Me again, Lee Kottner, Skeptic and Stylist to the virtual Jen-Luc Piquant, filling in for her meat counterpart (if I may use a crude cyber term) while she’s off blogging elsewhere in a more professional and less casual fashion (i.e., AIP is paying her to do it). I thought I’d use this opportunity to get back to you about the Space Elevator project over at LiftPort and pimp a couple of my new favorite blogs at the same time. At first glance, the space elevator, BLDGBLOG, and Pruned don’t seem to have much in common with each other. But you’d be surprised how often physics crops up on a couple of blogs ostensibly devoted to, on the one hand "architectural conjecture, urban speculation, [and] landscape futures" and "landscape architecture and related fields" on the other.
Take this post at Pruned, for instance, a pictorial tour of images from NASA’s heyday, when they were still dreaming big of colonies in space. The Pruned images are of cylindrical colony designs, but there are also toroidal designs similar to Larry Niven’s Ringworld that I wrote about here earlier. And there’s an interesting little link in this post to another called The Physics of Space Gardens which speculates on a new kind of "hanging garden" (perhaps for a new, space-borne Babylon?). Then over at BLDGBLOG, there’s Sun’s Project Blackbox, an extremely powerful, self-contained datacenter built in a shipping container. Geoff Manaugh speculates that these might be the seeds of Archigram‘s "computerized instant cities and other ‘plug-inscapes’." Shades of Neal Stephenson’s Cryptonomicon, where the characters are engaged in (among other things) creating an offshore "data haven" similar in concept to what offshore banks provide.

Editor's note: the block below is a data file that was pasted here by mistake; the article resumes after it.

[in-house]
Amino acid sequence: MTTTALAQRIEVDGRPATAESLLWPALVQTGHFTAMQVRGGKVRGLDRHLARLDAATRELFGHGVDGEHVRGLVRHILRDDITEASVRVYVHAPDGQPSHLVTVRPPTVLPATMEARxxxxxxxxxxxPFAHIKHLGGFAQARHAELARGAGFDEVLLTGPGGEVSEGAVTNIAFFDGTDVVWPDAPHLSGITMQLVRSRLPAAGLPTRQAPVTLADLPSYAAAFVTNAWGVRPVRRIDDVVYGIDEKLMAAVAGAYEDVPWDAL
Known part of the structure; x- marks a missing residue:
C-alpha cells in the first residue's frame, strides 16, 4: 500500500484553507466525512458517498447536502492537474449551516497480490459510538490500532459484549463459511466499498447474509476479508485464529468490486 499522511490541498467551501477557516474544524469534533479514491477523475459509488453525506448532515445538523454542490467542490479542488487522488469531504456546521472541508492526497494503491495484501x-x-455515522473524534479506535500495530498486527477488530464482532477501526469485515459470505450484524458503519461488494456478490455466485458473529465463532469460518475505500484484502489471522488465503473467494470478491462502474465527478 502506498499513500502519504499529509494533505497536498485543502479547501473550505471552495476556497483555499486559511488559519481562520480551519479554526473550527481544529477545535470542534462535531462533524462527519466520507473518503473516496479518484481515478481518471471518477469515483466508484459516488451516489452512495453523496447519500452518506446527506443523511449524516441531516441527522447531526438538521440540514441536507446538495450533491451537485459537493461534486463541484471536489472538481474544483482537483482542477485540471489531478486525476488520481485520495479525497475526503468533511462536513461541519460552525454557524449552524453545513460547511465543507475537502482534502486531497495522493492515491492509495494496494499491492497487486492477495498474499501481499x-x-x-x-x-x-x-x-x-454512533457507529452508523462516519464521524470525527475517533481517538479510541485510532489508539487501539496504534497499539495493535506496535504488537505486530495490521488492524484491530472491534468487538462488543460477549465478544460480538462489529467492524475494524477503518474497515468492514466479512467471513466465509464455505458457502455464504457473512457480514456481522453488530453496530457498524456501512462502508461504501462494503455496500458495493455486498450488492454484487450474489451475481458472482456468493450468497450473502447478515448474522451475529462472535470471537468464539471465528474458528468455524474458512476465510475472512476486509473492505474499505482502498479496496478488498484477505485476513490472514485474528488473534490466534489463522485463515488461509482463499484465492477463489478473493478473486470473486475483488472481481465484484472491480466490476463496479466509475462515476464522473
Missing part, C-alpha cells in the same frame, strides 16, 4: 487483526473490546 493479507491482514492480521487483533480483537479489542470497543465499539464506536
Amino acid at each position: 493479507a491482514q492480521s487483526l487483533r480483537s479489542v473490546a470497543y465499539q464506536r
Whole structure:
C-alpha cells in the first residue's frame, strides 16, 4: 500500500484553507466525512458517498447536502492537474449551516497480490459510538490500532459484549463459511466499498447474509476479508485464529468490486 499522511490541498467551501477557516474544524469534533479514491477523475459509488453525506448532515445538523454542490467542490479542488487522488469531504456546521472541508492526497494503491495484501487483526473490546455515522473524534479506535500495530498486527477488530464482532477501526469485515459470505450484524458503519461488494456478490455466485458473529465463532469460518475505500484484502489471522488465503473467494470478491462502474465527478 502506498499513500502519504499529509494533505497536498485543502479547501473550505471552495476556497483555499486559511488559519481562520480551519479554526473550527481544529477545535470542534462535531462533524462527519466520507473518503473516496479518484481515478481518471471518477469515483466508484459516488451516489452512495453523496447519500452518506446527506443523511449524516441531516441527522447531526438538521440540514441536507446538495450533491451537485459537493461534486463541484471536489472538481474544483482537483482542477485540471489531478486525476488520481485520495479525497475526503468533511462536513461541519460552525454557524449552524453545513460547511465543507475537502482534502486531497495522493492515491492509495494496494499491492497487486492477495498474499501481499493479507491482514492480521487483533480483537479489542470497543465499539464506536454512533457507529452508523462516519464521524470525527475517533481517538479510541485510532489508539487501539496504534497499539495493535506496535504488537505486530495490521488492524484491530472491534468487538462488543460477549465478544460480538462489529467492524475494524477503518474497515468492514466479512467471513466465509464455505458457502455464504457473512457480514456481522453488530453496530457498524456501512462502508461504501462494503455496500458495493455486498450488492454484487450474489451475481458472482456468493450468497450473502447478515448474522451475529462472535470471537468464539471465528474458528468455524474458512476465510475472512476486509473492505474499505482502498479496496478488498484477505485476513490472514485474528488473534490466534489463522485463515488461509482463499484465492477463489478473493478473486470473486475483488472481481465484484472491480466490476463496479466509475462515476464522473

I’m often intrigued by the kind of chicken-and-egg problem presented by science fiction, and the way in which the ideas and developments of science influence the rest of the culture in unexpected and sometimes completely off the wall (though not necessarily superficial or stupid) ways. You can see that influence in both of these blogs, which often talk about the development of new materials such as the pollution-eating tiles coated with titanium dioxide, or about cosmological phenomena, or the repurposing of already existing materials and structures, or various posts about geology, human reactions to it, and its tools. It’s the intersection (or sometimes the collision—known as a mashup in current parlance) of pure and applied research and wild speculation that makes for interesting developments in art and culture, as well as other research fields, and sometimes it’s hard to tell which came first.
This is especially true of projects like the space elevator that are so ambitious and daring as to be almost preposterous. Like going to the moon, building and operating space shuttles or even, at one time, insisting on sailing west from Europe to India, visionary ideas invite scorn (often deservedly). They require not just a leap of imagination, but a shift in perspective and focus and sometimes this transformation in thinking is eased a bit by being introduced as fiction, a medium where we’re already less reluctant to suspend our disbelief. Because the space elevator is still deep in R&D territory, it’s not a bad idea to mix in a little well-written and well-researched fiction to round out the picture.